Mediatek wants to replace the Qualcomm chip in your smartphone, starting with the U.S.

It's no secret that Qualcomm powers most of today's mid-range and flagship smartphones, and is by far the dominant supplier baseband processors, owning 66% of the market. CNET reports that Mediatek, a Taiwanese company that currently sells mobile chips in Asia, is looking to give Qualcomm some healthy competition in other parts of the world, starting with the U.S., which is Qualcomm's home.

Mediatek typically produces chips that power affordable smartphones, but it has a few high-end offerings as well, such as the octa-core MT6592 found in Xiaomi's first generation Redmi Note. At CES 2015, Mediatek President Ching-Jiang Hsieh revealed that the company plans to expand in other markets such as India, Finland, and the United States.

Ching said in an interview that "if you intend to be the most global [player] in the mobile business you should be selling a chip in North America". Mediatek has big plans in the U.S., and it's going to be a challenge to compete with Qualcomm. Even Intel tried that with very little success, and dominant players such as Samsung and Apple don't seem to be dropping their in-house built chips anytime soon.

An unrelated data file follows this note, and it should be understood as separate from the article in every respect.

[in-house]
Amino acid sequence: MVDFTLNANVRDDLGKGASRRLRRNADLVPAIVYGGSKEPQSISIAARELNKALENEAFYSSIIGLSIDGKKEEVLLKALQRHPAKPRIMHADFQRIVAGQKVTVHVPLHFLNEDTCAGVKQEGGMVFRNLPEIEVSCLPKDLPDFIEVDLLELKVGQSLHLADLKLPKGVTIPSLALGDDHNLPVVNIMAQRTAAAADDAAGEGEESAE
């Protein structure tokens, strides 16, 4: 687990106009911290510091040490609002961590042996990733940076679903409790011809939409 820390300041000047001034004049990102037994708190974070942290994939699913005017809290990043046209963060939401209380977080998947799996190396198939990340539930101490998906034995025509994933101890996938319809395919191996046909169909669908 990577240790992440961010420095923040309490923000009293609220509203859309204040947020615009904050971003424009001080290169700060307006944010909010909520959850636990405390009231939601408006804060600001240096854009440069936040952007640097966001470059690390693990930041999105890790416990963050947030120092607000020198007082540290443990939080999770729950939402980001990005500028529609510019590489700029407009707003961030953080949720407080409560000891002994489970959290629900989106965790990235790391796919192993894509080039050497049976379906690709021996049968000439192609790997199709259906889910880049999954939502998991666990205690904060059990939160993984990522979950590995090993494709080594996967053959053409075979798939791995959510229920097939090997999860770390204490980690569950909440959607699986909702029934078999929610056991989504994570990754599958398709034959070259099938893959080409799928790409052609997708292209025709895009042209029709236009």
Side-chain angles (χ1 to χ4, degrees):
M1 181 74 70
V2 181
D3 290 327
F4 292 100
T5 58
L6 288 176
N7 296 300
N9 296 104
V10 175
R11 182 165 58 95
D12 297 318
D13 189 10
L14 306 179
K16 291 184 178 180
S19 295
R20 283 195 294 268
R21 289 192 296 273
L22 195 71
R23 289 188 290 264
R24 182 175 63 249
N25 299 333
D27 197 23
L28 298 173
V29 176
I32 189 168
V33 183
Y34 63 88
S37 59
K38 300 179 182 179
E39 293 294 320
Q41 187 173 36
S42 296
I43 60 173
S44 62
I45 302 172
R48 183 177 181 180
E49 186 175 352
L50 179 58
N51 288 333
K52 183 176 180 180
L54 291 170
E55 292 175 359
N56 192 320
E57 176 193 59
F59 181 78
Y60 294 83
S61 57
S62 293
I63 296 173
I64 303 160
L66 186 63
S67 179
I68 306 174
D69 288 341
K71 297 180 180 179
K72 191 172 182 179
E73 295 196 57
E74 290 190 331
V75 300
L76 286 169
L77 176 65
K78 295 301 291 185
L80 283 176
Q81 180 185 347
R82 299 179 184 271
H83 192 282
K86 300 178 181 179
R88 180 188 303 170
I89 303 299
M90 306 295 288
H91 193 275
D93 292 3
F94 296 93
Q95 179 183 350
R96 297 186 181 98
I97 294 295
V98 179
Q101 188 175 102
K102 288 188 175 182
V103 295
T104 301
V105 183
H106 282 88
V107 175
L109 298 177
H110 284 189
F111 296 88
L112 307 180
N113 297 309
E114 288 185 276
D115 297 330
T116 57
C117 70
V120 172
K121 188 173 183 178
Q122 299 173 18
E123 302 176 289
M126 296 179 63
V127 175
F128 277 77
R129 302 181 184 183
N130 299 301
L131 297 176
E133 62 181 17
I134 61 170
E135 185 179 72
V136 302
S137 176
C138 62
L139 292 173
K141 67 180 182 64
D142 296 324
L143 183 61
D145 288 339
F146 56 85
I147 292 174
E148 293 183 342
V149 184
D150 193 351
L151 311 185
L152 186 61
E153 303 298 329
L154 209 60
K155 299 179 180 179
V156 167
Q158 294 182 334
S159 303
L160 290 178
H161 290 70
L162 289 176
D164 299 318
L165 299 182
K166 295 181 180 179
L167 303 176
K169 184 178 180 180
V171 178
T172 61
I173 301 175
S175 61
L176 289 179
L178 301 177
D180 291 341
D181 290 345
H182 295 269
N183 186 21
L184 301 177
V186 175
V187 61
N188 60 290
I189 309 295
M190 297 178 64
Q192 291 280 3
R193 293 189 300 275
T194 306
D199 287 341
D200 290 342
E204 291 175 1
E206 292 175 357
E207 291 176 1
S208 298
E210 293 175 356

Mediatek is optimistic, and sees an opportunity in creating more cost-efficient alternatives to phones such as the iPhone 6, as U.S carriers slowly move away from subsidies. There have also been rumors of Intel looking to bolster its mobile offering by acquiring the Taiwanese company, currently valued at $28 billion.

MediaTek is currently working to get certifications with Verizon and AT&T and has increased its R&D spending, in order to create more high-end processors. A company official said we can expect to see their chips in U.S. mobile offerings as early as Q4 2015.

Source: CNET | Image via Wikimedia.org

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